Levinson, Marjorie, 'Pre- and Post-Dialectical Materialisms: Modeling Praxis without Subjects and Objects', Cultural Critique (Fall 1995), 111-20. Levinson's essay is hard reading, but it is an excellent polemical introduction to ideas in radical ecological philosophy.

Lovelock, James E., Gaia: A New Look at Life on Earth (Oxford and New York: Oxford University Press, 1979; repr. 1987). This classic text suggests that we consider the function of the earth's ecosystems holistically.

Plumwood, Val, Environmental Culture: The Ecological Crisis of Reason (London and New York:

Routledge, 2002). Plumwood investigates new ways of doing philosophy influenced by ecological thought.

Shiva, Vandana, Biopiracy: The Plunder of Nature and Knowledge (Boston: South End Press, 1997). Shiva critiques the recent ways in whiSh corporations have engaged in a colonization of living beings in the search for new medicines, potentially profitable genomes, and so on.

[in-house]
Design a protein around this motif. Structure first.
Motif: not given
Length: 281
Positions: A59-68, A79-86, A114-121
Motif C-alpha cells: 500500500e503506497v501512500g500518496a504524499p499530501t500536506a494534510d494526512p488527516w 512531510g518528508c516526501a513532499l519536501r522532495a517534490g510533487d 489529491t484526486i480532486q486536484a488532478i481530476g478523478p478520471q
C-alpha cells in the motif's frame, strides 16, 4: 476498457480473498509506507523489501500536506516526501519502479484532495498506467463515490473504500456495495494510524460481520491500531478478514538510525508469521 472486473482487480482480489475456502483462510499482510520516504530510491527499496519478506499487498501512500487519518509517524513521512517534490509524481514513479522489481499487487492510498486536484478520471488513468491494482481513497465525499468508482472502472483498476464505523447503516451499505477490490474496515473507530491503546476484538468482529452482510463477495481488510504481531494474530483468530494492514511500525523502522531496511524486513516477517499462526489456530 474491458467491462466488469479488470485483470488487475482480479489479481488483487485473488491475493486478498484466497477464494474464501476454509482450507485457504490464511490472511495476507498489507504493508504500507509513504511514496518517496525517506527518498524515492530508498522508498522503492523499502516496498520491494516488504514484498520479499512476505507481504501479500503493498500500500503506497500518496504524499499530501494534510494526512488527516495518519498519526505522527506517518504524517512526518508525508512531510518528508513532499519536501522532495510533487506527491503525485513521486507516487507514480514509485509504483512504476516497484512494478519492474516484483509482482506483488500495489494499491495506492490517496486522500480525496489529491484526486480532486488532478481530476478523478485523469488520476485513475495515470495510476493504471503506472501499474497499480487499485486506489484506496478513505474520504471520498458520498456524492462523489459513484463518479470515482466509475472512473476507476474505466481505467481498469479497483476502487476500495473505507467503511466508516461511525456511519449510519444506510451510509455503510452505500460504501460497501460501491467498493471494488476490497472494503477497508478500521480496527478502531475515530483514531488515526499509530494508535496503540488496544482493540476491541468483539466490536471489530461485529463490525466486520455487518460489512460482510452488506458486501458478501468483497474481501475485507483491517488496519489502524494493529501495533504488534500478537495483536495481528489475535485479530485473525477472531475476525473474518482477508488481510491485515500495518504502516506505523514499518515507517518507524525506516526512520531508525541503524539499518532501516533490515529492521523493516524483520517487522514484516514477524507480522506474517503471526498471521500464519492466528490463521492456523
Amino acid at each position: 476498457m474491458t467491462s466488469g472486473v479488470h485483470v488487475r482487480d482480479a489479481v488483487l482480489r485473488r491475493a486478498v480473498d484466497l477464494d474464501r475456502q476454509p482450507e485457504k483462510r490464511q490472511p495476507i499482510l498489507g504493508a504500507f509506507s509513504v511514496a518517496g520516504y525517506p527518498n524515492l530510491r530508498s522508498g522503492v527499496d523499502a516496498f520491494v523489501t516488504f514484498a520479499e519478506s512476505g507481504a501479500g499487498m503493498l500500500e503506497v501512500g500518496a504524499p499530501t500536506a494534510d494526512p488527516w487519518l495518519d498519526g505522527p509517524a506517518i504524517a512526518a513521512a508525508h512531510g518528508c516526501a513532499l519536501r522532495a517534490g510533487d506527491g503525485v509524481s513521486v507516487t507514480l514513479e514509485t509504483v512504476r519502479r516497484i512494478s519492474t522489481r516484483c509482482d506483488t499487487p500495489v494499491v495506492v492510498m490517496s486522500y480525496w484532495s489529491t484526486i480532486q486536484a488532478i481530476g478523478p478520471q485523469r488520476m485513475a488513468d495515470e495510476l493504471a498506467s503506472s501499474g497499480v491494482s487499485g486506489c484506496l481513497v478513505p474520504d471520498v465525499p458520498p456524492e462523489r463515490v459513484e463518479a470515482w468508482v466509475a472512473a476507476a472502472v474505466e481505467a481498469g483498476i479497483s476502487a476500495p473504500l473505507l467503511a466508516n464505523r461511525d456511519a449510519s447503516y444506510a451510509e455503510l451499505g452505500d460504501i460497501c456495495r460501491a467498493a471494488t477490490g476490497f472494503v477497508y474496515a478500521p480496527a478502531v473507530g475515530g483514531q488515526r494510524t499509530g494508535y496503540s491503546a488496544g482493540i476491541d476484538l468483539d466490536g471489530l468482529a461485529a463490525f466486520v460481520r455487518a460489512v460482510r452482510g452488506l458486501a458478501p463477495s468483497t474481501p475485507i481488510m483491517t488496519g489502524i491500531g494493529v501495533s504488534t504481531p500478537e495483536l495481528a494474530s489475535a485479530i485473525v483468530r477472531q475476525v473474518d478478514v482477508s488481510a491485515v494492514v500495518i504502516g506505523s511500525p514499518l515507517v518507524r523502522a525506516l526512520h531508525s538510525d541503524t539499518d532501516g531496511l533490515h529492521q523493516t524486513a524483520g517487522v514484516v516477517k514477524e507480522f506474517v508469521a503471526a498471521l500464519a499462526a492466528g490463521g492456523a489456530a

Thomas, Keith, Man and the Natural World: Changing Attitudes in England 1500-1800 (London:

Allen Lane, 1983; repr. Penguin, 1984). In this seminal text, Thomas explores how ecological ways of looking at plants and animals arose over a span of 300 years; there is a significant chapter on vegetarianism and animal rights.

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Environmentalism I 707

NOTES

1. Mary Wollstonecraft Shelley, Frankenstein; or, the Modern Prometheus: The 1818 Text, ed. James Rieger (Chicago and London: University of Chicago Press, 1974, 1982), p. 142.

2. Neil McKendrick, John Brewer, and ]. H. Plumb, The Birth of a Consumer Society: The Commercialization of Eighteenth-Century England (Bloomington, Ind.: Indiana University Press, 1982).

3. Georg Wilhelm Friedrich Hegel, Hegel's Phenomenology of Spirit, trans. A. V Miller, analysis and foreword by J. N. Findlay (Oxford: Oxford University Press, 1977), pp. 383-409.

4. Karl Marx, Selected Writings, ed. David McLellan (Oxford and New York: Oxford University Press, 1977), p. 8.